Blue Dog Democrat Announces Retirement As Dems Stare Down Grim 2022

WASHINGTON, DC - NOVEMBER 18: Blue Dog Coalition Co-Chair Rep. Stephanie Murphy (D-FL) talks to reporters after announcing her support for the Build Back Better legislation at the U.S. Capitol on November 18, 2021 in... WASHINGTON, DC - NOVEMBER 18: Blue Dog Coalition Co-Chair Rep. Stephanie Murphy (D-FL) talks to reporters after announcing her support for the Build Back Better legislation at the U.S. Capitol on November 18, 2021 in Washington, DC. After months of negotiations between the White House and moderate and progressive House Democrats, House Speaker Nancy Pelosi (D-CA) is hoping to guide the $1.75 trillion social spending bill to a vote just before the Thanksgiving holiday recess. (Photo by Chip Somodevilla/Getty Images) MORE LESS

Congresswoman Stephanie Murphy (D-FL) announced Monday that she would not be seeking another term in Congress after just five years years on the job.

Murphy is one of 13 House Democrats who have so far announced that they will not run for reelection in 2022. Several others are departing the House to seek higher office. Democrats face an uphill battle to hold the lower chamber in the midterms, in part because Republicans control far more of the redistricting process on the state level.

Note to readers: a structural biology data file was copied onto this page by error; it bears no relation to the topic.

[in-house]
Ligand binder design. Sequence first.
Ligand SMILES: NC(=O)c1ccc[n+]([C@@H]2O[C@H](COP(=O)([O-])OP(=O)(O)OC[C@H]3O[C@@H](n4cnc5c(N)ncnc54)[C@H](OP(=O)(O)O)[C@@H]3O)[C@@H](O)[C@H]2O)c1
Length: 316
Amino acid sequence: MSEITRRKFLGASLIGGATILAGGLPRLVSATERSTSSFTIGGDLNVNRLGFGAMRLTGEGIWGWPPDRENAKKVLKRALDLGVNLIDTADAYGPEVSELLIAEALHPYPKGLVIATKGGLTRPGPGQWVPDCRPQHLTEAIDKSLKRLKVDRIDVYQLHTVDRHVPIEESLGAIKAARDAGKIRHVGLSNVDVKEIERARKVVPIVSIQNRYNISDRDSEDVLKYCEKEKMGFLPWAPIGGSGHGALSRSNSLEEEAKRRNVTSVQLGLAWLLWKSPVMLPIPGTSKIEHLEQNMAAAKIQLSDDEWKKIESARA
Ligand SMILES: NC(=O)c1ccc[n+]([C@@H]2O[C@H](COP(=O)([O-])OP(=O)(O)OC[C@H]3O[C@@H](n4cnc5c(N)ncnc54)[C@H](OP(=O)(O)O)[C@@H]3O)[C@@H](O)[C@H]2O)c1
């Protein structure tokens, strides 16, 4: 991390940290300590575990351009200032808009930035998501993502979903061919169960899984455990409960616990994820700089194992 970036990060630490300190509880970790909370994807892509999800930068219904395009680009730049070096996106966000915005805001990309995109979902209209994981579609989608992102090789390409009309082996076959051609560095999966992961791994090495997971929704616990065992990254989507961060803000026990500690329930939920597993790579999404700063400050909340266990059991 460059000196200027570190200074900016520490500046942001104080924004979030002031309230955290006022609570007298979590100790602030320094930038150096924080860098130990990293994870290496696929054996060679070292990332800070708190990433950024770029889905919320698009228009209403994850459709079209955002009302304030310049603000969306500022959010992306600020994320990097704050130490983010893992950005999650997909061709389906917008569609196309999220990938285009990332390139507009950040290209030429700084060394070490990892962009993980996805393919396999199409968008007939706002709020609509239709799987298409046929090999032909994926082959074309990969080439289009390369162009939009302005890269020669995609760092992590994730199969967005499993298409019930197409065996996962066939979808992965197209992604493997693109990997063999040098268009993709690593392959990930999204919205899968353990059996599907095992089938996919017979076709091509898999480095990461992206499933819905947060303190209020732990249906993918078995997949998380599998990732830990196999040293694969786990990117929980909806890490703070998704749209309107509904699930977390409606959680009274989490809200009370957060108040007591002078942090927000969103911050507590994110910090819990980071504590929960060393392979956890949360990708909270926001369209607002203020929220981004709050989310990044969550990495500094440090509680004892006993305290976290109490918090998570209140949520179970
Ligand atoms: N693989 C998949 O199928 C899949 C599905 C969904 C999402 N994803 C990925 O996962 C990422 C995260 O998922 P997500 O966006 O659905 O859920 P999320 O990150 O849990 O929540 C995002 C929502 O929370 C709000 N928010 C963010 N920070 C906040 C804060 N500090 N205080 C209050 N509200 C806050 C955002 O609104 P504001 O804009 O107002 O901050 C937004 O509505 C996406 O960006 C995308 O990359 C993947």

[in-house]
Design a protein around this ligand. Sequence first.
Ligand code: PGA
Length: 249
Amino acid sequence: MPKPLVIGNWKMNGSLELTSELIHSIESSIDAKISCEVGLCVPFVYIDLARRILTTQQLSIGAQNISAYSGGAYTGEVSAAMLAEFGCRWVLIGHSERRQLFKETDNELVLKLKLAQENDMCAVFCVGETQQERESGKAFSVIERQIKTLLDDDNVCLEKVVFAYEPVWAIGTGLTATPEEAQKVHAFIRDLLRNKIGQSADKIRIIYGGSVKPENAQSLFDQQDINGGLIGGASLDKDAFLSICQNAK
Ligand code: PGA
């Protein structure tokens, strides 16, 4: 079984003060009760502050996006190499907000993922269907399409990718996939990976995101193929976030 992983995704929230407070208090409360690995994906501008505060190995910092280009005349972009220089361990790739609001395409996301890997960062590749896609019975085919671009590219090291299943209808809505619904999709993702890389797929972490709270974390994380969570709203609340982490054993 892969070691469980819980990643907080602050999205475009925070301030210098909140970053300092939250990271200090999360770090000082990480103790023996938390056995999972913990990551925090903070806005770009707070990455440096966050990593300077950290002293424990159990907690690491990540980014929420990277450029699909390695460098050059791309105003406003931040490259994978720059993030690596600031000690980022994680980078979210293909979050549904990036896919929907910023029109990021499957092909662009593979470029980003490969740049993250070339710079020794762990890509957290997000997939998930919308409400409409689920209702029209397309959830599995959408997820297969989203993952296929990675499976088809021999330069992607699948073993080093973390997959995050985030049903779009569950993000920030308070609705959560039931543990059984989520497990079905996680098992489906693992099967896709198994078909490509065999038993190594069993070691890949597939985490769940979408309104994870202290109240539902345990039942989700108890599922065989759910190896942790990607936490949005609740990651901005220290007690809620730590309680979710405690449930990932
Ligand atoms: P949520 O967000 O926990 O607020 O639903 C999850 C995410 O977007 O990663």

In a brief video posted to her Twitter account, Murphy acknowledged the surprise some of her constituents might feel at the “retirement” of the 43-year-old congresswoman after just three terms. 

“I know this may come as a shock to many of you, for someone to quote-unquote ‘retire’ at my age from Congress — without scandal, without immediately seeking higher office, without fear of losing re-election, or without some lucrative job opportunity,” Murphy said. 

“I recognize this is a very rare thing to do in Congress, but I still strongly believe in a citizen Congress, where ordinary citizens run for office in search of duty and service, not in search of a career, and I never intended for my time in Congress to become a career.” 

The congresswoman’s reelection chances likely would’ve faced some risk from the once-every-decade redistricting process: though Florida’s new congressional maps haven’t been finalized, one draft proposal from the Republican-controlled state legislature would have simply sliced up the district. 

She told Politico: “I am confident that I could win if I ran, but I’m not so arrogant as to believe I’m the only Democrat who can win.”

Murphy was part of a coterie of moderate House Democrats that occasionally threatened President Joe Biden’s agenda with its opposition to the reconciliation bill. Murphy voted against passing the bill out of the House Ways and Means Committee in September, the only Democrat on the committee to do so, saying that its tax provisions gave her “pause.” 

She ultimately voted for the bill upon its final passage through the House.

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